• Your donation to Anastasis Academy (a tax deductible nonprofit) is an investment in humanity so that they can stand again in who they are, discovering their unique purpose in the world. You’ll make them unafraid to be learners for life, not just the next test.

    Take a look at what’s possible:

    Unique individuals: Your donation helps us empower students to discover who they are and how their unique gifts, talents, and outlook contribute to a world in need.

    Leaders: Your support helps students plug into their community as contributing citizens right now, they don’t have to wait until they are “grown-up” to enact change. Our students work as leaders to use their learning to make positive change right now in Colorado and the world.

    Achievers: Your donation helps us prepare students as long-term achievers who know who they are, how to self advocate, what to do when they don’t know, and how collaborate with others.

    Explorers: With your support, we expand our student’s worldview with weekly learning excursions that remind them that learning doesn’t just happen in the 4 walls of our classrooms. Learning happens everywhere, and there is always someone to learn from!

    Altering the education discourse: Anastasis Academy is paving the way for schools everywhere to make bold changes in education and rethink the purpose of school.

    Donate today through: https://www.coloradogives.org/AnastasisAcademy/overview

This moment in education: embracing opportunity #edchat #edreform #pd

The extraordinary thing about this moment in education, is the number of opportunities available for professional development. When I started in education, there were a handful of educational conferences that were worthwhile. How things have changed! The instant connection to thousands of educators all over the world via Twitter and other social media changed everything. We constantly have the opportunity for professional development. We seem to have more choices, more options, and more resources than any other generation of educators (perhaps that is the case each new decade).

There are new ideas and enthusiasm for what education could be just waiting to be embraced. The opportunity to share something that no one else is doing, to give something, to make learning better for the students you teach.

Often we leave conferences with the attitude of, “that was fantastic! I’m so inspired by x. I can’t wait for blank!” But soon we are faced with our limits. The limits are the ones that we tell ourselves rule, the ones that we let paralyze us. They end up ruling our actions. How often do we focus on the limits? The limits of our district, the limits of our school, the limits of our community, the limits of testing?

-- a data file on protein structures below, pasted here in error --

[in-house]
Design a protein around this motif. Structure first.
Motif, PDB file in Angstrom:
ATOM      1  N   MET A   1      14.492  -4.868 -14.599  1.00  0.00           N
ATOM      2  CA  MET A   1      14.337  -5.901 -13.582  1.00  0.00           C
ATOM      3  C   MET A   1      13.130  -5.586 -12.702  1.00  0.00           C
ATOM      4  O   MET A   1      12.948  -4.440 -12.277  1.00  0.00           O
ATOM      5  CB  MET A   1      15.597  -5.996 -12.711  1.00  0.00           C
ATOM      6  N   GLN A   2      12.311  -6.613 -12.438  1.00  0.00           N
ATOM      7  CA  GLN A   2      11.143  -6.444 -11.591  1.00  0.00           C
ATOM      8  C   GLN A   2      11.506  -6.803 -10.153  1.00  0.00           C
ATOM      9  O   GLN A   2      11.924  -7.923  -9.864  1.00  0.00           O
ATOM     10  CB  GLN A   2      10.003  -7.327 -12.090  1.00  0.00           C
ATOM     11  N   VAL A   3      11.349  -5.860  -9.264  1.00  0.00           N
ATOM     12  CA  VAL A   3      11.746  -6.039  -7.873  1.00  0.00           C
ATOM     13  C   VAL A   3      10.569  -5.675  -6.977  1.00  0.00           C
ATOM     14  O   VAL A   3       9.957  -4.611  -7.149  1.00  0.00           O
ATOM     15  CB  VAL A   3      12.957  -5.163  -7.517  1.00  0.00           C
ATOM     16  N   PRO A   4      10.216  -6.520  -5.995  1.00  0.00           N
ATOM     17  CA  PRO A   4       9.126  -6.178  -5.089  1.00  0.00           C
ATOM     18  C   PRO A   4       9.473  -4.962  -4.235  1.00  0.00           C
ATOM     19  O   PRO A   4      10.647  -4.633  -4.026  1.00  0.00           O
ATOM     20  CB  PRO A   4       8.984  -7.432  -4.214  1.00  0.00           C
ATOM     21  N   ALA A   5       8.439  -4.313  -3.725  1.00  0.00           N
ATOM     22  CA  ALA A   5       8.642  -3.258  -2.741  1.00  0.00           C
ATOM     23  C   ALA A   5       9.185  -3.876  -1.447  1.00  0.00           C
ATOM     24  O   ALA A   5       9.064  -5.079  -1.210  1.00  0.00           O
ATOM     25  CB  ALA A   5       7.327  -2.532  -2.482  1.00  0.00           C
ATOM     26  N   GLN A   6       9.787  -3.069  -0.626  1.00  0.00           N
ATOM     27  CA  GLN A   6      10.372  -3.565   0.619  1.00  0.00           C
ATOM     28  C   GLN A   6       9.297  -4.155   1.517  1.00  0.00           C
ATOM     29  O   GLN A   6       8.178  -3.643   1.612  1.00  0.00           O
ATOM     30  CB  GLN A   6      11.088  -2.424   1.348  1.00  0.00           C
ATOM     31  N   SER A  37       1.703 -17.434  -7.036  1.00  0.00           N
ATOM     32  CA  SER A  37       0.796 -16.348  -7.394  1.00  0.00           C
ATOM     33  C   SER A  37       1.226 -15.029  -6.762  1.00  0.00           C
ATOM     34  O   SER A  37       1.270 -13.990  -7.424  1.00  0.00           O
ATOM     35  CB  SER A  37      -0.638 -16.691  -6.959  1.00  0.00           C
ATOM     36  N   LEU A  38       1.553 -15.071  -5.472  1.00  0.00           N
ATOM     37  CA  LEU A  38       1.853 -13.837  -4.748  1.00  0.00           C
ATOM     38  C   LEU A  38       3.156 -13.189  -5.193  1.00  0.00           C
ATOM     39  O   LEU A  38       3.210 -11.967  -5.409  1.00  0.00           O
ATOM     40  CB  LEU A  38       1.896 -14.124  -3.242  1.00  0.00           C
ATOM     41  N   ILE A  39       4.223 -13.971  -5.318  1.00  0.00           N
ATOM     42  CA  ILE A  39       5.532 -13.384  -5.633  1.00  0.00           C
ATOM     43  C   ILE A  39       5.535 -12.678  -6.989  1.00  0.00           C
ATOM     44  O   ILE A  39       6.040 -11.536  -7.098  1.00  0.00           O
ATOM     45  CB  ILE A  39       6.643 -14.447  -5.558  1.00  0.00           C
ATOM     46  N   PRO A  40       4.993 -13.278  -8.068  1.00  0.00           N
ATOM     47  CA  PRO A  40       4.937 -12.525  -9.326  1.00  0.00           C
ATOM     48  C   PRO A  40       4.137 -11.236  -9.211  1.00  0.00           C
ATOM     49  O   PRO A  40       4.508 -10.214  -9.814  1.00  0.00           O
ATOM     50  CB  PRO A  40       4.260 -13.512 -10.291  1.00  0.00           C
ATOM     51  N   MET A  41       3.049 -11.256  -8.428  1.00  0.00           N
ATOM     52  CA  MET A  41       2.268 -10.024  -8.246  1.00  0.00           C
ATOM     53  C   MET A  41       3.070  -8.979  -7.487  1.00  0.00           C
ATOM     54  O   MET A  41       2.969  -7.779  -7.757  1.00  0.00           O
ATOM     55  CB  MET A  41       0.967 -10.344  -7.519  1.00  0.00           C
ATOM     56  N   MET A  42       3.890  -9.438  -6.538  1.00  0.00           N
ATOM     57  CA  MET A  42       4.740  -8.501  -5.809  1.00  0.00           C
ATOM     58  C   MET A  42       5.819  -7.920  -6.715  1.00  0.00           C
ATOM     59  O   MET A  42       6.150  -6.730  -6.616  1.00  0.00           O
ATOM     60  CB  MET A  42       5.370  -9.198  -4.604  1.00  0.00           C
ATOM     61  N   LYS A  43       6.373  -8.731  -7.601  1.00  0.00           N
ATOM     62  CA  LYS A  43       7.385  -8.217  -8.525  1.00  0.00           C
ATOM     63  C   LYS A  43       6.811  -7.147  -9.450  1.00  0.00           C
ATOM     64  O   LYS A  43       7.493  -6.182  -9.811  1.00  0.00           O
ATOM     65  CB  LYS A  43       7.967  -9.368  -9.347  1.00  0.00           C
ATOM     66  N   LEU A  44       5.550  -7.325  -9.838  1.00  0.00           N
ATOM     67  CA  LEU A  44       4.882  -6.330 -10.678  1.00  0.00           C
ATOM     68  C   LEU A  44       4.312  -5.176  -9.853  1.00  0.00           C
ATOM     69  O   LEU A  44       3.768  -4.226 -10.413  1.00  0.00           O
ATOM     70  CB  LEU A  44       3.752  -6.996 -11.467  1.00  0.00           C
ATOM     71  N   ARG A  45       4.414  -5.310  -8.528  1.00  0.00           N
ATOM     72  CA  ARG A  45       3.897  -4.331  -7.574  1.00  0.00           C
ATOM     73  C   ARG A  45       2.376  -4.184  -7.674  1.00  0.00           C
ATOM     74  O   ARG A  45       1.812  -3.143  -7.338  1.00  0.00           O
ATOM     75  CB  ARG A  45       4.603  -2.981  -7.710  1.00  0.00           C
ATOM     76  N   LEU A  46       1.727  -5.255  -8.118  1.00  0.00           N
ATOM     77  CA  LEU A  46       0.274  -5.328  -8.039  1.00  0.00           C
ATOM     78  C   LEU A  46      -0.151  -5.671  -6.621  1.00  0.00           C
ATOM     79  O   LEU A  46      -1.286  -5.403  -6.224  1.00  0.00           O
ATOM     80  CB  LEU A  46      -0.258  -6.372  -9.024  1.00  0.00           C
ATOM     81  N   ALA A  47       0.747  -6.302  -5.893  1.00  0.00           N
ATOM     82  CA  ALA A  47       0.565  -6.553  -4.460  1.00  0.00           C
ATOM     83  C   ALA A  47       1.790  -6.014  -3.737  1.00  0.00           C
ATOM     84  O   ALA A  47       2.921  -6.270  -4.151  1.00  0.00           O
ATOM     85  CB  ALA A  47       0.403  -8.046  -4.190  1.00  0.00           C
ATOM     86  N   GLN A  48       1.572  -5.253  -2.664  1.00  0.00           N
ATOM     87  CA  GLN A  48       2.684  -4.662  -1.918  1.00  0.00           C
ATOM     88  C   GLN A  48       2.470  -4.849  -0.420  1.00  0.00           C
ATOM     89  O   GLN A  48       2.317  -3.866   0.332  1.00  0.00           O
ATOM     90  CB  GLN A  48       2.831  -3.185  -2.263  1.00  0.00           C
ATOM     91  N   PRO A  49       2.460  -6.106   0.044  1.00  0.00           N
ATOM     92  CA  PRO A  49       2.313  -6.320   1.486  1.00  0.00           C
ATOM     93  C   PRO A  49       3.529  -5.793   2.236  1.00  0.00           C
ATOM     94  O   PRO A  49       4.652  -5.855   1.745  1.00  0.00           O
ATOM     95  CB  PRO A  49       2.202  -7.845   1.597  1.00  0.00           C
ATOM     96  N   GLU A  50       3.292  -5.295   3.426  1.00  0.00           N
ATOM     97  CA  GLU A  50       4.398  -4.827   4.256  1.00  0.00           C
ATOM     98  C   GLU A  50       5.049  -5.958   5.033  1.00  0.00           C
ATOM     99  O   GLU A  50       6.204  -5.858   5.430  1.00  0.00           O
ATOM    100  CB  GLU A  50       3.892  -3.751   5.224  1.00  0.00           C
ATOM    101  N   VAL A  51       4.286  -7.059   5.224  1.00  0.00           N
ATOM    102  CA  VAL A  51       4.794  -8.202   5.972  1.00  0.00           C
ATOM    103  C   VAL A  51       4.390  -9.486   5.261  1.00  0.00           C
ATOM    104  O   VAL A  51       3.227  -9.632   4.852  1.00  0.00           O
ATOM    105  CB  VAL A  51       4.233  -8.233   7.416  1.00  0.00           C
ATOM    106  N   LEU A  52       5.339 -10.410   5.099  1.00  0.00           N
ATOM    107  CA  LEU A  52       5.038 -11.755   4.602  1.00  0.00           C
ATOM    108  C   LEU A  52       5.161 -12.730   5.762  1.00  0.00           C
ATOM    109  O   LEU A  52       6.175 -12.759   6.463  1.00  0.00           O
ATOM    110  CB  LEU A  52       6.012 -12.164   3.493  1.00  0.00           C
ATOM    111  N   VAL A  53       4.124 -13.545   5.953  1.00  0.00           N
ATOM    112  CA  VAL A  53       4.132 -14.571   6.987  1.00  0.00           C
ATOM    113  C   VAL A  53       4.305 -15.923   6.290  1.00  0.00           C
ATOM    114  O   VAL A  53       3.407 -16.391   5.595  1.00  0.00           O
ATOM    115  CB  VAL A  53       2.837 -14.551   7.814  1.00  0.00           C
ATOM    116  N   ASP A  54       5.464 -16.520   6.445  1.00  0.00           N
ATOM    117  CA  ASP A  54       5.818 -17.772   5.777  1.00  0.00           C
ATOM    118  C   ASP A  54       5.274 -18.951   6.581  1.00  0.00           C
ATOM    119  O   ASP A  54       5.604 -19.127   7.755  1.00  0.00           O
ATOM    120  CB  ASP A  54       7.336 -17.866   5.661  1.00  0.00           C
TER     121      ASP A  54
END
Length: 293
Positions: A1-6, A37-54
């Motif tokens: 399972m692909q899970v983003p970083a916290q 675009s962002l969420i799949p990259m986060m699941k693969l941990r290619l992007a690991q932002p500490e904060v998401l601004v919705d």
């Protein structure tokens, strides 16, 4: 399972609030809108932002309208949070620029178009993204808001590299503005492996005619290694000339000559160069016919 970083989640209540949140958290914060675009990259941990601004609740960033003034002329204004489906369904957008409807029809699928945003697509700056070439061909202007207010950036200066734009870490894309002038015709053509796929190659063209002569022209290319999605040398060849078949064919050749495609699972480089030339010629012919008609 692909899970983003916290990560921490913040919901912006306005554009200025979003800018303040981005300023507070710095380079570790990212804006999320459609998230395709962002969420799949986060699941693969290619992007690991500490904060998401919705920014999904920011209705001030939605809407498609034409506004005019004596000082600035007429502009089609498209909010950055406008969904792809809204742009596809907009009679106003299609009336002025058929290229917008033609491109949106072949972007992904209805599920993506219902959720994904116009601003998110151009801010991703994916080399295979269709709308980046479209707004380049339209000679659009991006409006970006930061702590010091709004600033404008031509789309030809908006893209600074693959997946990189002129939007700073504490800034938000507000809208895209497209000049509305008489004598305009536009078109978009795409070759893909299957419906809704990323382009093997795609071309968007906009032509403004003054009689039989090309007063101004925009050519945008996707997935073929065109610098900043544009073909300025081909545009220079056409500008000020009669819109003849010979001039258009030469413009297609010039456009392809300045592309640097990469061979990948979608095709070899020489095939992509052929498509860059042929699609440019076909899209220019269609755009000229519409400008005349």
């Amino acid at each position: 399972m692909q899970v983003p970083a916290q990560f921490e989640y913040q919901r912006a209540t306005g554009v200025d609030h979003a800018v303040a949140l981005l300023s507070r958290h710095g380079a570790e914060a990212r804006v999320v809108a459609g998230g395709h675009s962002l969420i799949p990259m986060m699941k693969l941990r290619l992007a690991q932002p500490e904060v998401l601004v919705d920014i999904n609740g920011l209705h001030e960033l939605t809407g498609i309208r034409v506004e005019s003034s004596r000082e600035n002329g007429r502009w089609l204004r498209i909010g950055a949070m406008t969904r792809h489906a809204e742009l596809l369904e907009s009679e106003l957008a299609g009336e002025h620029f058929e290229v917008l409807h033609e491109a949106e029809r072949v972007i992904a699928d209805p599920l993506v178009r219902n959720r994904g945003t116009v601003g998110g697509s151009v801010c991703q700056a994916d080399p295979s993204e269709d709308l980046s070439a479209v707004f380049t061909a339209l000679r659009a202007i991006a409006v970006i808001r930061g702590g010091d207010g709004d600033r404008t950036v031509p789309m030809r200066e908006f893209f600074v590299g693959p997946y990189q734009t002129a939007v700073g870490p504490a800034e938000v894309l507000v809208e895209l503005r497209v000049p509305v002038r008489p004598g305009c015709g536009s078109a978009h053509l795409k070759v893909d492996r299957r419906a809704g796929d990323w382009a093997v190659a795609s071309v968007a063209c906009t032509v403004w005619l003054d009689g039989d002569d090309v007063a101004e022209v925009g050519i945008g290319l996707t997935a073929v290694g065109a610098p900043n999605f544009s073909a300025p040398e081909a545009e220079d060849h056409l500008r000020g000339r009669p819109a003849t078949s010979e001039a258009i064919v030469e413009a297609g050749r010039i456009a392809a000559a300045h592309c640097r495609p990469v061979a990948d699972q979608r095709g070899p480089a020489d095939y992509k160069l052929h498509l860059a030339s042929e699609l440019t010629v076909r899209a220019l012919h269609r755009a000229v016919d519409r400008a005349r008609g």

The problem with focusing on these limits is that they will always keep us from focusing on the opportunities we have in this moment. The opportunity to contribute to this conversation and to make learning better for these students. This doesn’t mean that the limits don’t exist, but that instead of letting the limits paralyze us, that we keep pushing to do something that matters.

In education we don’t have the luxury of time. Kids keep growing up and moving through the system. It is up to us to take advantage of the opportunity. It is up to us to be creative within the limits and see the opportunity for our students.

Speaking of opportunity, this is an opportunity that you won’t want to miss. And it happens to be available at a discount (with Promo Code: cybermonday) for a few more hours.

5 Sigma Edu Conference Cyber Monday**This post was inspired by an opportunity post by Seth Godin and his great blog: http://sethgodin.typepad.com

Manifestations of Educational Dreams

When I started Dreams of Education, I couldn’t have anticipated the direction my career would take. At best, I thought this would be a place to dream and connect with other like-minded educators. Starting a school where those dreams come to life? Nowhere on the radar. Now, 4 years into the journey of starting a school, I want to share the living dream with you.

The 5 Sigma Edu Conference is the avenue to do just that! February 20-22, 2015 we are inviting you to come see the manifestations of all the dreams shared here. We want the information spill-over that inevitably happens when people come together. We want our hunches to collide. Come tinker with us. Let’s declare discovery together! We are providing the place where innovative ideas can collide and change the face of education.

Education conference

Thank you for the role you’ve all had in shaping and challenging!

Redefining success

Success

To laugh often and love much

To win the respect of intelligent people

and the affection of children

To earn the appreciation of honest critics

endure the betrayal of false friends

To appreciate beauty

To find the best in others

To leave the world a bit better

whether by a healthy child,

a garden patch, or a redeemed social condition

To know one life has breathed easier

because you have lived.

This is to have succeeded.

[Attributed to Elisabeth-Anne Anderson Stanley]

Last week, two Anastasis alumni visited us after school. “It feels so good here. It’s like I can actually breathe.”- Lexi